[Sekhmet, a warrior goddess, and my personal favorite.]
[An absolutely enormous and stunningly beautiful sarcophagus.]
[A statue of Bastet, another cat deity to the ancient Egyptians — she was also closely related to Sekhmet, but was more of a protector of the average person; the kindly version of Sekhmet.]
I had the most fun of all in a busy hallway that was filled with papyrus fragments. I stared intently and kept pointing at one of the symbols while mumbling, “Amen…amen…patience is a virtue…AMENOPHUS!” But, nobody laughed. I guess that most of the public was not reared on The Mummy. Educate yourself.
As I finished here, I was absolutely starving, so I wound my way through a strange display of what appeared to be rooms in a mansion — fully furnished rooms — to the Petrie Café (I was a tad disappointed to discover it wasn’t named after Flanders Petrie), one of the nicer restaurants at the museum. It took me a while to find it, since the place is huge, but I was soon seated with a wonderful view of Central Park out the window and of Cleopatra’s Needle.
I forgot to mention this obelisk. It is finally being restored this year by the museum — something that needs done quite badly. I’ve been to all of the donated obelisks — in London on the bank of the River Thames, in Paris at the Place de la Concorde, and here in New York’s Central Park. Of them all, this one is the worst. Its history isn’t all that splendid, so we can’t blame the city entirely. For centuries it lay collapsed in salty water in Egypt and many inscriptions were completely effaced from the surface of the monument. Of course pollution and acid rain have added to its rather poorly state. Anyway, it’s undergoing a thorough cleaning and I hope that it will soon look glorious, like it once did in the ancient world.
Back to the restaurant. It was absolutely lovely. I had a mushroom tart and a salad and a martini — I’m on Fifth Avenue, of course I had a martini. I wanted nothing more than to be Karen Walker for the entirety of my trip — she’s my spirit animal, one of several. I have more of a spirit flock. The food was very nice, nothing astounding, but completely satisfying and the view was exceptional. The martini was excellent, though. Probably the best alcoholic beverage I had on my trip.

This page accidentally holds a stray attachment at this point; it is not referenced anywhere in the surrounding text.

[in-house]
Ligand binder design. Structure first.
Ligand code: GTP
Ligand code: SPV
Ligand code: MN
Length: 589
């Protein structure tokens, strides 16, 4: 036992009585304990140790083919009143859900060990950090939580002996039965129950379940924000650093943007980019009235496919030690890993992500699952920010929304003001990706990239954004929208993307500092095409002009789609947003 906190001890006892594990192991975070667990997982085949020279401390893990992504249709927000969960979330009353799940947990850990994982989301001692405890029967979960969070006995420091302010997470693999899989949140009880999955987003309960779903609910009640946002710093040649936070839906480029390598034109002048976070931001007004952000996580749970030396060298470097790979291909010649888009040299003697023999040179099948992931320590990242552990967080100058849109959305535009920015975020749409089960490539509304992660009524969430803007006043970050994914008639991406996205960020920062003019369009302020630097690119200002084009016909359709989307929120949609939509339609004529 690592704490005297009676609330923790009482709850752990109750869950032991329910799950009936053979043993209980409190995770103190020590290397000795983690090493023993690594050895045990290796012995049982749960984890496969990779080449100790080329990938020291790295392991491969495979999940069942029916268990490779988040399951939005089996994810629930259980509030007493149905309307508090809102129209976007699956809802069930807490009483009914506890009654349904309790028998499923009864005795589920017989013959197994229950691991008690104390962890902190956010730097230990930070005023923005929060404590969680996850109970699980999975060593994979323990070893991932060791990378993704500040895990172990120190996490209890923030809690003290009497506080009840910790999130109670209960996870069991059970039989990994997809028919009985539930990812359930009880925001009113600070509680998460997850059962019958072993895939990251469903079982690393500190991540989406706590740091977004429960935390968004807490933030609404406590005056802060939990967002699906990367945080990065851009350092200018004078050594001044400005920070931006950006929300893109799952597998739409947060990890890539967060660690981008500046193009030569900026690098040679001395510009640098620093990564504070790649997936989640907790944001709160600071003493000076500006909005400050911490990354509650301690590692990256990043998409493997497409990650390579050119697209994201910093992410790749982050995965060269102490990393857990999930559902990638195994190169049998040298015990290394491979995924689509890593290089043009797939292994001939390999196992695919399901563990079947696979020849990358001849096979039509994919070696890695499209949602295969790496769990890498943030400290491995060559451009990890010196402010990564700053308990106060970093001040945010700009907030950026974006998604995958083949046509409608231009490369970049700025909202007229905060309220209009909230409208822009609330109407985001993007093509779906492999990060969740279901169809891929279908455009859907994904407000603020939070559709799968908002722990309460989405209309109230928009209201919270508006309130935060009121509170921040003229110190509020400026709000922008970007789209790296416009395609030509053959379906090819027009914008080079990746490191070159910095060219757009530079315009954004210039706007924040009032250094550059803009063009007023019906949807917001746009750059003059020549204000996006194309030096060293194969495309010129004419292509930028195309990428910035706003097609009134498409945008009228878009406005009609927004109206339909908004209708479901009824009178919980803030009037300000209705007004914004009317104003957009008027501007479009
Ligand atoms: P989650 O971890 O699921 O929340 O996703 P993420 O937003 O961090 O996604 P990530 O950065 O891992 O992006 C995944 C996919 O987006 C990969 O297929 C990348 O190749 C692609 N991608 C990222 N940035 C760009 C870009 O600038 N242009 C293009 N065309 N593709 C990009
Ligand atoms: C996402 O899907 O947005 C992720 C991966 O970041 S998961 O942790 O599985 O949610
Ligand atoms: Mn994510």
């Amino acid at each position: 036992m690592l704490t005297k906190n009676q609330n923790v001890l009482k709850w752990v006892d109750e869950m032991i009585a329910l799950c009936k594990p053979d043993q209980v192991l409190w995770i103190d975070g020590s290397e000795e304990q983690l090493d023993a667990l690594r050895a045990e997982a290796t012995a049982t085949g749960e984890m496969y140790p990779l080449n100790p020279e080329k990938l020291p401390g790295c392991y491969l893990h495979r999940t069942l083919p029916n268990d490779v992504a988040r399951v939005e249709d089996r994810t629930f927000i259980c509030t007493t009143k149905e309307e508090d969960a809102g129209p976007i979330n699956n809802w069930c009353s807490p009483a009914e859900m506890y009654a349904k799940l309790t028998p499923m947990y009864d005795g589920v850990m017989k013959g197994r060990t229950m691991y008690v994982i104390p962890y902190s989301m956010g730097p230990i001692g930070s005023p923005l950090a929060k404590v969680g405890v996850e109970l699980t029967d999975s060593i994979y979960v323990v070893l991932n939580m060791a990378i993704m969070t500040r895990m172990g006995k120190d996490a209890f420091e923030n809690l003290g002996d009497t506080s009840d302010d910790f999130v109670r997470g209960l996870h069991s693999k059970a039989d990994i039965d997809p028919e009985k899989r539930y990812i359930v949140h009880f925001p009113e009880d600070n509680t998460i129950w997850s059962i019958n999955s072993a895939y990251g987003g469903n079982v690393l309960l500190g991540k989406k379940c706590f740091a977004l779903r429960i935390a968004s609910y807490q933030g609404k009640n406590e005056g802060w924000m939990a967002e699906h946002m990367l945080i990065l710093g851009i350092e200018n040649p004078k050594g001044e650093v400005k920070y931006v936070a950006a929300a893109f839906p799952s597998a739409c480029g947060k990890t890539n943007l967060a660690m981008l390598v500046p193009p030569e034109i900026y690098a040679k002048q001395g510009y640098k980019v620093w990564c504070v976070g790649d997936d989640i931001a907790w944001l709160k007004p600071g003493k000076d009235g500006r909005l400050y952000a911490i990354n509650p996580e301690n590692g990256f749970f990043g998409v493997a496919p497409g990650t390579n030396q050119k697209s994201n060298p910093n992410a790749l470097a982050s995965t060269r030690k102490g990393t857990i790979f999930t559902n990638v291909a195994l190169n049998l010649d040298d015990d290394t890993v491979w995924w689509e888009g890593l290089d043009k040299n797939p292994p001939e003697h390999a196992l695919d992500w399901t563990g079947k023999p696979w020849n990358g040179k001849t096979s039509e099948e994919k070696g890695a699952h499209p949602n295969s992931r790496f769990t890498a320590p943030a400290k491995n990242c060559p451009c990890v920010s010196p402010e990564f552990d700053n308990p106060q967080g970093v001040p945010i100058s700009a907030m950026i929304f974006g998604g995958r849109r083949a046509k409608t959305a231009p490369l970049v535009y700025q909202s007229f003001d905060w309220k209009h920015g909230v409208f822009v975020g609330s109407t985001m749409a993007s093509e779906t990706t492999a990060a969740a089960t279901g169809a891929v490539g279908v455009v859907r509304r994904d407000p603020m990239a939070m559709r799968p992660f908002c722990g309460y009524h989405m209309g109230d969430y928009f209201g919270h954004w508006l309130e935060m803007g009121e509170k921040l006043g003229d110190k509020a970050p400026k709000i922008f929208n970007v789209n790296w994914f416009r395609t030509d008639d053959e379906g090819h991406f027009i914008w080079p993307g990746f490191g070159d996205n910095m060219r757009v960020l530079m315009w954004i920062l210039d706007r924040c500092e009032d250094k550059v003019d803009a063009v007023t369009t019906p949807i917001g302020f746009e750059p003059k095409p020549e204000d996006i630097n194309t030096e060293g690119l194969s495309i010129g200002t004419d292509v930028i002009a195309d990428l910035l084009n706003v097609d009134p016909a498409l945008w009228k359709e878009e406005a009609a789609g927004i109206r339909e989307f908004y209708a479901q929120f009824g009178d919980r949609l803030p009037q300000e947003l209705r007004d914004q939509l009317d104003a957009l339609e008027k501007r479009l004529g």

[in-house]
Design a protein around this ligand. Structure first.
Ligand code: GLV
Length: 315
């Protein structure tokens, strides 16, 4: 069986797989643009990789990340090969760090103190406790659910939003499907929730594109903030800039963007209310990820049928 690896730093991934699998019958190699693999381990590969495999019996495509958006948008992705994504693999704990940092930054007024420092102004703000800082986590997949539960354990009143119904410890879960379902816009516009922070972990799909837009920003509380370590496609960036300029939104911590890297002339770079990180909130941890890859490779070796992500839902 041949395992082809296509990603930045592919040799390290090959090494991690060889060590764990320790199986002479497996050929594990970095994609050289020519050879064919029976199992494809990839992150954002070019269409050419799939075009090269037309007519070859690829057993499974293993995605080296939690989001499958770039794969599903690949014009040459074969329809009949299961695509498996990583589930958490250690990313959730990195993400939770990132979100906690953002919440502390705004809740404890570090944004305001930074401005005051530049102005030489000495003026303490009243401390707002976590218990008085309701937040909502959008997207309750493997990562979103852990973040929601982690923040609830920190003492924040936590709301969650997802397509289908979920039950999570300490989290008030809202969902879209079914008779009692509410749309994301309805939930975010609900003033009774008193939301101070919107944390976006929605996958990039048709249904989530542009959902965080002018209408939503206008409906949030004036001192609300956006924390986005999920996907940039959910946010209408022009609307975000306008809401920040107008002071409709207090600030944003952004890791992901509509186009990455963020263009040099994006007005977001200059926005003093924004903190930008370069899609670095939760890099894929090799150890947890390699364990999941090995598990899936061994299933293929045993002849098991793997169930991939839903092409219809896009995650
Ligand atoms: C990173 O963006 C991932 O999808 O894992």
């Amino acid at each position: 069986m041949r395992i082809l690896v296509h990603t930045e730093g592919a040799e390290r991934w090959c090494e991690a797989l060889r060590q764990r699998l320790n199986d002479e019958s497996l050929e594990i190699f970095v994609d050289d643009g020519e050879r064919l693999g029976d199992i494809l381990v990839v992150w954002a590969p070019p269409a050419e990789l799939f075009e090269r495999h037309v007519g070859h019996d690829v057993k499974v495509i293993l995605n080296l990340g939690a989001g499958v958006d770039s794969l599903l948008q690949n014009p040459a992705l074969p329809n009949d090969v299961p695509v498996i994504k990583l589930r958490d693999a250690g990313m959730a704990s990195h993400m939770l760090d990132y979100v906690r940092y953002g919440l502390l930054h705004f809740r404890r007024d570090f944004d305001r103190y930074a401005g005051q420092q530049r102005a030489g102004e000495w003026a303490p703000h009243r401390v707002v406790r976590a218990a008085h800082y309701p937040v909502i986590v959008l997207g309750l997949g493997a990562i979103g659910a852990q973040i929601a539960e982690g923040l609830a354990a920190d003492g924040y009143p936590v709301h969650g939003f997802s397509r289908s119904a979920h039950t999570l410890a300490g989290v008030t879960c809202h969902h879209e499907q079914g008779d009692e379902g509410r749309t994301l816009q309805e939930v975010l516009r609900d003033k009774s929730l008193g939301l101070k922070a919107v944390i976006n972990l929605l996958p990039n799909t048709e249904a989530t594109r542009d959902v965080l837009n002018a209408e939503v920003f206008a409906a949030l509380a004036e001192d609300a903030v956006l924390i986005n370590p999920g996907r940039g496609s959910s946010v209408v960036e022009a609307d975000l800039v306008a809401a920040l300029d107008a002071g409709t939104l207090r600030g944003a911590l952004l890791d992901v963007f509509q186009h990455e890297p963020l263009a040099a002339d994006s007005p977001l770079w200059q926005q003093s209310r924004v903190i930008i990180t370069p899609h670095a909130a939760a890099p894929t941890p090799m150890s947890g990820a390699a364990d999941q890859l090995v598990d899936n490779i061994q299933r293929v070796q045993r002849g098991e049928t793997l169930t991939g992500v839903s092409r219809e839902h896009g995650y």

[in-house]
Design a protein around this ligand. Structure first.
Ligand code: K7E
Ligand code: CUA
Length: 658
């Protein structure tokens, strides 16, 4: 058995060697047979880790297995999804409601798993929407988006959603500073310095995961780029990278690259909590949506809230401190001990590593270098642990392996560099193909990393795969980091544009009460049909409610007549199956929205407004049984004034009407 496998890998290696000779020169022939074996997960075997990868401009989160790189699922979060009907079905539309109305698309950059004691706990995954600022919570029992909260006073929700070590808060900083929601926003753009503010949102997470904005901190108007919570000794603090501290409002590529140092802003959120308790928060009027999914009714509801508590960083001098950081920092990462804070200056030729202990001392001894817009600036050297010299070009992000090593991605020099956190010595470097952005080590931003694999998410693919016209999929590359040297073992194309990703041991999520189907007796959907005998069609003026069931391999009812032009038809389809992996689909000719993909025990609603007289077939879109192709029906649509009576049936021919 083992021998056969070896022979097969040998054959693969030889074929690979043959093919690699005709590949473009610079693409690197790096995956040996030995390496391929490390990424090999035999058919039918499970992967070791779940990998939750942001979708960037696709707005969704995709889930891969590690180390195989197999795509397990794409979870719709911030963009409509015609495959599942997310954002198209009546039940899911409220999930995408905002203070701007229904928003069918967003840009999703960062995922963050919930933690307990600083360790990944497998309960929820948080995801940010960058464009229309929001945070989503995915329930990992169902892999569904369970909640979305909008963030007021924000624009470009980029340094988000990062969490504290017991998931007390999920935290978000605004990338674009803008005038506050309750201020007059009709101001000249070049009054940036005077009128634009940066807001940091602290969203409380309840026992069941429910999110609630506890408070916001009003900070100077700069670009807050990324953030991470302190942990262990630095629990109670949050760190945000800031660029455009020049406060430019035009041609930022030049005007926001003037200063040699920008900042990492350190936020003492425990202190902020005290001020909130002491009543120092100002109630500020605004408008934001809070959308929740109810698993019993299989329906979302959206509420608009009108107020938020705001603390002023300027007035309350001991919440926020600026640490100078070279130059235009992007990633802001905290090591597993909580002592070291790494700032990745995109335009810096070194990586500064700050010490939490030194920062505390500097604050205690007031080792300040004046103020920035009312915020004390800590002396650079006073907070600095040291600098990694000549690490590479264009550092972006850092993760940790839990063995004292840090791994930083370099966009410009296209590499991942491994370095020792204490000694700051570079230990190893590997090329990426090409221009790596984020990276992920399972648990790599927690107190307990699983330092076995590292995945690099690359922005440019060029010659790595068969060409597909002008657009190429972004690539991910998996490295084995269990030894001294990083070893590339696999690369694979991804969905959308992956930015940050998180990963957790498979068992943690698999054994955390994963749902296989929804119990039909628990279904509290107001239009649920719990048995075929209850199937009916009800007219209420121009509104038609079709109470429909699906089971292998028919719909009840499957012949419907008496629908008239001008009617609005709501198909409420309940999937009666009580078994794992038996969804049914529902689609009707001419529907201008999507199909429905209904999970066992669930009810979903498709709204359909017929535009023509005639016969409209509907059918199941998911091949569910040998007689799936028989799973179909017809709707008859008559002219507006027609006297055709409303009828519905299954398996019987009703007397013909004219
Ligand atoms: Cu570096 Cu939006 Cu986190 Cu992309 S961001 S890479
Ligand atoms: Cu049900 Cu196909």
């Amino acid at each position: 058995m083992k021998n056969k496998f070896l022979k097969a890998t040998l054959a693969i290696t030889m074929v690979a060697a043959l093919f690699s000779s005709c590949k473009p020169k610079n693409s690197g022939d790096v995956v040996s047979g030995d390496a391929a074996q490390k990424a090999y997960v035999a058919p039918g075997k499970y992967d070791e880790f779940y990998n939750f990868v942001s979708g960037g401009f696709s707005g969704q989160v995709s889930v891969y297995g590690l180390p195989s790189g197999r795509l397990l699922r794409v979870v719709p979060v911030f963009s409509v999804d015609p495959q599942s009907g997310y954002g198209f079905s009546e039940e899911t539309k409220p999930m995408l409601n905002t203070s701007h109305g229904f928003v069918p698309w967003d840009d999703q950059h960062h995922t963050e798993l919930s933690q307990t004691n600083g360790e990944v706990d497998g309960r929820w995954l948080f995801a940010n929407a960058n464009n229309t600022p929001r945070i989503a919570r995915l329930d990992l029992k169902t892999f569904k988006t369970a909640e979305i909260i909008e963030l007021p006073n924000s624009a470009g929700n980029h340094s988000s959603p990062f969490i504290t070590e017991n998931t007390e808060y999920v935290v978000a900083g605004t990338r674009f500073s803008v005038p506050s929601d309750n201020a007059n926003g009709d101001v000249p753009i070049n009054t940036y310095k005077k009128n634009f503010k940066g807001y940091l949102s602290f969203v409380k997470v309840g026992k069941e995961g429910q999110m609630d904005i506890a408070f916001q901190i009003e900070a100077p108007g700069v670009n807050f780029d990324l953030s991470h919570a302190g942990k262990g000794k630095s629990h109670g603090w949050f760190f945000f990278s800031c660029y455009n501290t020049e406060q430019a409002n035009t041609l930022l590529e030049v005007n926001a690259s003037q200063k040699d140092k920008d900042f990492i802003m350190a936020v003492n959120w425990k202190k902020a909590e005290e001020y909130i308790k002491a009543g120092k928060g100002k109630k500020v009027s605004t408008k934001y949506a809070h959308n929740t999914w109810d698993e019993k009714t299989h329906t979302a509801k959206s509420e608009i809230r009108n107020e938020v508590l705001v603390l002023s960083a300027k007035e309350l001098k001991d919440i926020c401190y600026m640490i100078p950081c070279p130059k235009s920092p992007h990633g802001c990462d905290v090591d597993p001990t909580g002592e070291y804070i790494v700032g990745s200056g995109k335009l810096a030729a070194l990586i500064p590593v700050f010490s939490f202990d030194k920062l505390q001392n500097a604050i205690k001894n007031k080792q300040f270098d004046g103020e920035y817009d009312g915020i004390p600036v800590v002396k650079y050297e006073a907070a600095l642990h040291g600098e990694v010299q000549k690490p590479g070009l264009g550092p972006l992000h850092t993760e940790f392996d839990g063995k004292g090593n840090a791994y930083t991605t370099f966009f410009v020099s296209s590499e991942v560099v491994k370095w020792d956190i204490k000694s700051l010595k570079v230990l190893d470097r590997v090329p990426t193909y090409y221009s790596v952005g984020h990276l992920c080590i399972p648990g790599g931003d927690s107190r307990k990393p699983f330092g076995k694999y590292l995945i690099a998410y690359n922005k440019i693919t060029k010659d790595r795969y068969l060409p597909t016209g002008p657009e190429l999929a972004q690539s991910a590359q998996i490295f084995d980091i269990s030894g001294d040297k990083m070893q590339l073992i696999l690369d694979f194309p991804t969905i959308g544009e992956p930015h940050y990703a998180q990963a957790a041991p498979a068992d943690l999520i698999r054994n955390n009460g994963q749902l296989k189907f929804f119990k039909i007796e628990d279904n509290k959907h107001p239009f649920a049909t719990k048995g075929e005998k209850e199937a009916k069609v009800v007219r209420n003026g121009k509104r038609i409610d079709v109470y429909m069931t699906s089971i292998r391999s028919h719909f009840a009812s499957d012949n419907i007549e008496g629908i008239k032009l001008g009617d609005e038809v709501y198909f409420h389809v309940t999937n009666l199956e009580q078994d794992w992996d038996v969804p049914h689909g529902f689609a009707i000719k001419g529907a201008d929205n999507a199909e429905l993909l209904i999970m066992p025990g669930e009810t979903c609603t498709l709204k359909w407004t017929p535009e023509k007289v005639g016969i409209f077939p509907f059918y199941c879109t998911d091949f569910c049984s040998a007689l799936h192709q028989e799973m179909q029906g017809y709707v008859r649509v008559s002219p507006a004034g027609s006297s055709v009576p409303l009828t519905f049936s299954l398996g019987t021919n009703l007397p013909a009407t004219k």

After I was sated and relaxed, it was time to go exploring ever more. I set off too many alarms in the area dedicated to the art of the Pacific, so I left that section. I’m not sure why this was happening, I guess I got too close to them? It was annoying.
I really enjoyed perusing the ancient Greek and Roman galleries — I’m rather obsessed with their busts. I want a bust made of myself. I also wonder how close to truth these busts are — because some of those emperors were hottiees. Lucius Verus was an absolute babe. Evidence:
Also, all of the Greek emperors and conquerers and gods and war heroes had great asses. They all had better asses than me.
All I want out of life is a nicer one. What do I have to do? I’ve squatted, I’ve done yoga programs dedicated to developing a bootylicious badonkydonk, what more can I do? It was very upsetting.
I realized that I wouldn’t have time to explore all of the museum, so I went on one of the highlights tour, which was barely interesting. The guide had a fondness for modern art, which I absolutely do not share. I think modern art is a monumental pile of steaming shit. We started off looking at some horrible Greek statue of a young man that was supposed to be one of the first examples of movement in artistic history. It looked like an amateur sculptor had done it. Then, we went to look at the art of some horrible woman in the 1920s who painted something he called “cathedrals,” where each painting was a social commentary on Wall Street or the Circus or something. The art was clumsy and tragic. I was over it, but it would have been rude to leave the tour in the middle of it. I should have, though, and I would have had I known what was coming up.
From this horrible spot, we went upstairs to the modern art galleries, which I was fully willing to give a shot, but from the moment we got there, I knew it was too much for me. TOO MUCH, READER! To get to the display of Jackson Pollack, we had to go through some nightmarish art installation called “The Refusal of Time.” This was, and I say this with all the honesty in the world, the most awful and monumentally stupid thing I’ve ever experienced in the entirety of my life. In a darkened gallery, meaningless black and white vignettes played — all of them poorly acted — as very, very, intensely loud “music” played. It was not music in my mind, rather disharmonic clatter. I HATED IT. Finally we were out of it and I thought that it couldn’t get any worse. WRONG. (I just looked up a review of this horrible exhibit which said it “reveals a great artist working at the peak of his powers.” VOMITING. I don’t want to be alive in these horrible times, reader, where that is considered fine art.)